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Episode 10 - Hitting Home Runs - Aubrey Huff

In episode 10 of Let's Engage, Jake and Brendan engage with Aubrey Huff, a former MLB First Baseman for the Tampa Bay Devil Rays, Houston Astros, Baltimore Orioles, Detroit Tigers, and San Francisco Giants. As a member of the Giants, Huff won two World Series (2010, 2012) and was awarded the Silver Slugger in 2008 as a member of the Orioles. After his official retirement in 2014, Huff began color commentating college baseball for the PAC-12 Network, and co-wrote a book, Baseball Junkie, in which he opened up battle with anxiety and the pressure of playing in the Major Leagues. Aubrey is also and active speaker, and focuses his conversation on teamwork and leadership.

Listen along with Aubrey and for more information or to book him for a speaking engagement or experience, visit his profile on Engage.



Jake Olson: Welcome to another edition of Let's Engage. I am your host Jake Olson alongside my co-host Brendan Egan.  We have our somewhat technician and producer Daniel Hennes in the room as well. Today we are excited to bring you another great guest, one that I envy because I was never that good at baseball, but Aubrey Huff, thank you so much for joining us.

Aubrey Huff: Thanks for having me on fellas. Hey man, you’re cutting yourself short. I'm sure you were a tremendous slash on the baseball field.

J: Well, the problem, the problem was so, you know, I grew up with just one eye and I, you know, I can see on my right eye and a, I was right handed. So I loved baseball. I mean I still, it's one of my favorite sports. My favorite sport is football. My second’s, uh, baseball. Um, and so I really wanted to be good at it, but I would stand in the batter's box and you know how little league is, um, you know, that the kids can't throw real well. And so like I would get beamed in the face and all this other stuff because I just, what does it picking the ball up out of the hand right away. Just because again, I didn't have a left ice in my peripheral vision wasn't there and my left side. So my parents were like, you should probably try to bat like left handed and I was like, I don't know.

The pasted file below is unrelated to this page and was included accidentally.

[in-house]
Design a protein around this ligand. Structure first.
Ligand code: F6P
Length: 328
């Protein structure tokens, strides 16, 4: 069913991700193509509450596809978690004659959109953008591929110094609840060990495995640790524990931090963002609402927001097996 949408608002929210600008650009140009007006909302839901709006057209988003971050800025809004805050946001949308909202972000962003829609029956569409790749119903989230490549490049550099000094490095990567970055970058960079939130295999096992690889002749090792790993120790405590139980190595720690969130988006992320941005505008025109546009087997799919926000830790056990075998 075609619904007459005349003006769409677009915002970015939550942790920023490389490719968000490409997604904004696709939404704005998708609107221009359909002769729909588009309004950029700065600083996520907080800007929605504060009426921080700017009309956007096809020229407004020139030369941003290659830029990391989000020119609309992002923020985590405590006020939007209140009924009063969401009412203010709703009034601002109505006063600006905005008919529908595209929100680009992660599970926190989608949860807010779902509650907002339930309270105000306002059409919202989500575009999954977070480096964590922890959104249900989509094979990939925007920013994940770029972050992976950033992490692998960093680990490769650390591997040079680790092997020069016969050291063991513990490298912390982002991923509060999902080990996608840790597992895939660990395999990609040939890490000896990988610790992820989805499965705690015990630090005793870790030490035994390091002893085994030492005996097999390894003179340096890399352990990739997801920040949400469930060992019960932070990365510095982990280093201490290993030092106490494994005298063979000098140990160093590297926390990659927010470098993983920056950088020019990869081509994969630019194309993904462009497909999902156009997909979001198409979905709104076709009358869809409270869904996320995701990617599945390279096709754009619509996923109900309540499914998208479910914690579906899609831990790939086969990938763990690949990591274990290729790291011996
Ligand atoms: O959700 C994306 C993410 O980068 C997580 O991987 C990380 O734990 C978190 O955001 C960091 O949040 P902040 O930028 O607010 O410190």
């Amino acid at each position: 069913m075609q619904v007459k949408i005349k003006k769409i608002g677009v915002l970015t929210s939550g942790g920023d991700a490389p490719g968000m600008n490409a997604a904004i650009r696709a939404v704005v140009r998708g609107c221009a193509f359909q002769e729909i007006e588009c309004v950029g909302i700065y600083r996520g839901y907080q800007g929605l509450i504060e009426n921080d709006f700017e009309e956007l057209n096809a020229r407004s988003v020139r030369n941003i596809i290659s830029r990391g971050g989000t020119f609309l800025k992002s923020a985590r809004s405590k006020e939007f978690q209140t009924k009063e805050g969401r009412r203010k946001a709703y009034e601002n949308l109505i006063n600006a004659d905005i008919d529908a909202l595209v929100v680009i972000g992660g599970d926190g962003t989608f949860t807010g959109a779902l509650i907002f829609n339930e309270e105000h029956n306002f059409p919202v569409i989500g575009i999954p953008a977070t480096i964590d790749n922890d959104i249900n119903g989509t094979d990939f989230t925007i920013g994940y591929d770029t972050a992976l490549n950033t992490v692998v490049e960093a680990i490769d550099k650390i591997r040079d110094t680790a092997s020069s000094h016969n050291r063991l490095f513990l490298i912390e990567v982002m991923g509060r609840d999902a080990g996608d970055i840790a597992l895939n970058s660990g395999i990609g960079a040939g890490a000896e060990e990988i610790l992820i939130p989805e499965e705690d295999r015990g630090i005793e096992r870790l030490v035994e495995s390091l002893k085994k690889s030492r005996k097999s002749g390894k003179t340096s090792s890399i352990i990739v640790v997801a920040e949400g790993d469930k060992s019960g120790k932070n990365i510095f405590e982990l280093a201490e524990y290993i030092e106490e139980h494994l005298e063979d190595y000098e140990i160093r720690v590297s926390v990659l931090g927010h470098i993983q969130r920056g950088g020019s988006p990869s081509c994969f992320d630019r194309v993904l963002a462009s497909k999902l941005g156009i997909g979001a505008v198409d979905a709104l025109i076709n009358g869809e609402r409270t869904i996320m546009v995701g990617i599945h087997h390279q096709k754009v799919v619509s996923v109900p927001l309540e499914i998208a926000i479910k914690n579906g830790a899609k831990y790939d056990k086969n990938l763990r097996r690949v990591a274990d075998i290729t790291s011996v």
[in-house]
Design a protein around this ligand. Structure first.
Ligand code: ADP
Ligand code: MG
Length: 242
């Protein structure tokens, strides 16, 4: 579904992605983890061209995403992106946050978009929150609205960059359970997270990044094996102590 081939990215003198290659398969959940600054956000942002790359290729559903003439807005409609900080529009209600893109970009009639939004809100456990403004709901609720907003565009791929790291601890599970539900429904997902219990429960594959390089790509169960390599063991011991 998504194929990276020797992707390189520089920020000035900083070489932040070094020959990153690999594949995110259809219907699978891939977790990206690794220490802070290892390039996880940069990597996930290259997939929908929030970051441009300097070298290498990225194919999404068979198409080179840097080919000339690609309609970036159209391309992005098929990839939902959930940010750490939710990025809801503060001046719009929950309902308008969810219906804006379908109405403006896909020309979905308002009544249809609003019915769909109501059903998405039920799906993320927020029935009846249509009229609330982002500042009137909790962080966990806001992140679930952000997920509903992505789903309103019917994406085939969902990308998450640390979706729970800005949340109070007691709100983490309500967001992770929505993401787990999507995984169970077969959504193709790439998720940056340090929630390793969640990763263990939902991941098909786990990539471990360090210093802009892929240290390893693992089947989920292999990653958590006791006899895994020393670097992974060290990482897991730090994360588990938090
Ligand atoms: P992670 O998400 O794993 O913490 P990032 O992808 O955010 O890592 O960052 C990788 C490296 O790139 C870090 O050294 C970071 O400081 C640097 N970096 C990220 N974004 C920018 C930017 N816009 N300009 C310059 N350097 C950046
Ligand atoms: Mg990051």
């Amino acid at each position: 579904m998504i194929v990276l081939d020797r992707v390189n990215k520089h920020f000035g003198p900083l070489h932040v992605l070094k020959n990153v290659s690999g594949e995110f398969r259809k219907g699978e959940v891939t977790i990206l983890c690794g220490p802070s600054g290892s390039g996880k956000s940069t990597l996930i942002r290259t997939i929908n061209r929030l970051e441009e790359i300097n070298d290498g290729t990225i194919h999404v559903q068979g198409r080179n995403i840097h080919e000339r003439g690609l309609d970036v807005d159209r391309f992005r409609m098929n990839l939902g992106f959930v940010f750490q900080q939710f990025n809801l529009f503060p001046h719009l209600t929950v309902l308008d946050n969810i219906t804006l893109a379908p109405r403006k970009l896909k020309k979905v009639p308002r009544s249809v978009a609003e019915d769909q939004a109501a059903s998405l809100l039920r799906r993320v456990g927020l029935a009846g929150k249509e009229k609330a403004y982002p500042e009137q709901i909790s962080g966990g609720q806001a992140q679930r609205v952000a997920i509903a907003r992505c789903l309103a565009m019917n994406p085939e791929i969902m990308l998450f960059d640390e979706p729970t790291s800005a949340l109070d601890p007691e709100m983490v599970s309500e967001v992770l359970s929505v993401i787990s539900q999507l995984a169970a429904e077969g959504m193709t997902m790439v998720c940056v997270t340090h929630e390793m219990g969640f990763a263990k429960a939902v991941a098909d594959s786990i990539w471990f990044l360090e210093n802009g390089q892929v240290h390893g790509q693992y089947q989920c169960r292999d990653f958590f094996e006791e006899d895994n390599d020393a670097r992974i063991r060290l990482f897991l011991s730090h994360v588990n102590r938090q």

A: Oh, it's probably a smart you got out of baseball because you didn't want to lose the sight in the other eye if you got smoked in the face, you know?

J: Yeah. No. But uh, but yeah, no, so it was, it was, it was pretty funny. But, uh, that's, that's why it kind of clicks. I, I was like, maybe it'll get to a point where obviously pitchers aren't throwing at your head accidentally, but on it, you know, whatever. But Aubrey, so did you know that, uh, you're, the only other time I've heard the name Aubrey's is cause that's Drake Aubrey Graham. That's Drake's middle name.

A: Oh, is that right? Yeah, it's funny. I, uh, I get that all the time. You know, I just like the Johnny Cash song boy named Sue. Right? So I had to kind of grow up a little bit tougher than most guys cause I got made fun of all the time. But uh, you know, I'm by and large that name, it was a girl's name and I, and uh, you know, it's funny you mentioned that because in high school I actually dated a girl named Aubrey. We lasted about... She was smoking gorgeous. Right. And it was so unfortunate because we got made fun of so much that we just couldn't handle the peer pressure and the making fun of, so we had to break it off. But you know, like if I were just knowing that when I know that, you know, then what I know now, who cares, whatever people thought, oh well when they got away,

J: Well they got away. That's pretty funny. So already, so where did he grow up?

A: I grew up in a little small town called Mineral Wells, Texas. And it's that, and it wasn't anything big at all. I mean, I think the town was maybe 40,000 people. And you know, interestingly enough, I grew up in a double wide trailer park. So, uh, my father had passed away when I was six years old. And, um, my mom raised my sister and I on her own and on a Winn Dixie salary, what she's getting her teaching degree and you know, most of my days are spent, uh, you know, just going outside, playing outside, I'm going to the creek and doing some fishing. And it wasn't until my dad passed away. It's, um, I started spending some more time, my grandmother's House and day we're die hard Texas Rangers fans growing up in Mineral Wells, Texas. And that's where my love for baseball, it kind of started. Um, my grandma would take me outside and she would pitch to me. I throw right handed, but I bat lefthanded. But as a kid I threw right handed and bat right handed. When I was six years old, my father passed and my grandmother would go outside and soft toss with these little plastic balls with the plastic bat. And I would keep continuously hitting these balls in the sight of her yard into the street where she had to go into oncoming traffic. The plate comes balls and she was arthritic. Had Arthritis and didn't really like that. But she, she gets smart. She turned me around lefthanded and then I started hitting the balls left handed onto her house and ricocheted back to her. So she didn't have to walk, isn’t that funny. Like I might not have made the bigs if my grandmother not wanting to cross the street for those balls.

J: That is really, that was really funny. So then did you play other sports in high school or just baseball was, became your love and that's what you really stuck to?